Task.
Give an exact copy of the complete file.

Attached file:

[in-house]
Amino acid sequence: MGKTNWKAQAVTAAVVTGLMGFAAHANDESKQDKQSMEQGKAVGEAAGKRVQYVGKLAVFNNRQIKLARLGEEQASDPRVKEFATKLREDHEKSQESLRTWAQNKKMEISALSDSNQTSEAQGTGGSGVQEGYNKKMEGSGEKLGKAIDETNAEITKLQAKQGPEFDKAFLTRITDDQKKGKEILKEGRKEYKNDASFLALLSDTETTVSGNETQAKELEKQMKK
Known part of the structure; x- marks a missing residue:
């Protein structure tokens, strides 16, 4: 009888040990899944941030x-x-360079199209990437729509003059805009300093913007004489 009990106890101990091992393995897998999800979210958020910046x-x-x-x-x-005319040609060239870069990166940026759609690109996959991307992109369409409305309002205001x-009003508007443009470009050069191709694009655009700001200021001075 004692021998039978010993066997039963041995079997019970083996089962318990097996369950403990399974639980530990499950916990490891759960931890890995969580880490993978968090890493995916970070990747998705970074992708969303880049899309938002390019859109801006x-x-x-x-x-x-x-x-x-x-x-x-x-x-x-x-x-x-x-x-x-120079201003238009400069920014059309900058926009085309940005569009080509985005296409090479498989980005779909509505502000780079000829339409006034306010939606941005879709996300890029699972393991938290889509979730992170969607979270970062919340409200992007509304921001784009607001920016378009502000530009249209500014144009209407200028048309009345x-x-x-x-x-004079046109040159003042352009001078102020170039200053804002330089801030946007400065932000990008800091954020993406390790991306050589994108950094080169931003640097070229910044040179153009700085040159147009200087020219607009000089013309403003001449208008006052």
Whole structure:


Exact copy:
[in-house]
Amino acid sequence: MGKTNWKAQAVTAAVVTGLMGFAAHANDESKQDKQSMEQGKAVGEAAGKRVQYVGKLAVFNNRQIKLARLGEEQASDPRVKEFATKLREDHEKSQESLRTWAQNKKMEISALSDSNQTSEAQGTGGSGVQEGYNKKMEGSGEKLGKAIDETNAEITKLQAKQGPEFDKAFLTRITDDQKKGKEILKEGRKEYKNDASFLALLSDTETTVSGNETQAKELEKQMKK
Known part of the structure; x- marks a missing residue:
């Protein structure tokens, strides 16, 4: 009888040990899944941030x-x-360079199209990437729509003059805009300093913007004489 009990106890101990091992393995897998999800979210958020910046x-x-x-x-x-005319040609060239870069990166940026759609690109996959991307992109369409409305309002205001x-009003508007443009470009050069191709694009655009700001200021001075 004692021998039978010993066997039963041995079997019970083996089962318990097996369950403990399974639980530990499950916990490891759960931890890995969580880490993978968090890493995916970070990747998705970074992708969303880049899309938002390019859109801006x-x-x-x-x-x-x-x-x-x-x-x-x-x-x-x-x-x-x-x-x-120079201003238009400069920014059309900058926009085309940005569009080509985005296409090479498989980005779909509505502000780079000829339409006034306010939606941005879709996300890029699972393991938290889509979730992170969607979270970062919340409200992007509304921001784009607001920016378009502000530009249209500014144009209407200028048309009345x-x-x-x-x-004079046109040159003042352009001078102020170039200053804002330089801030946007400065932000990008800091954020993406390790991306050589994108950094080169931003640097070229910044040179153009700085040159147009200087020219607009000089013309403003001449208008006052």
Whole structure: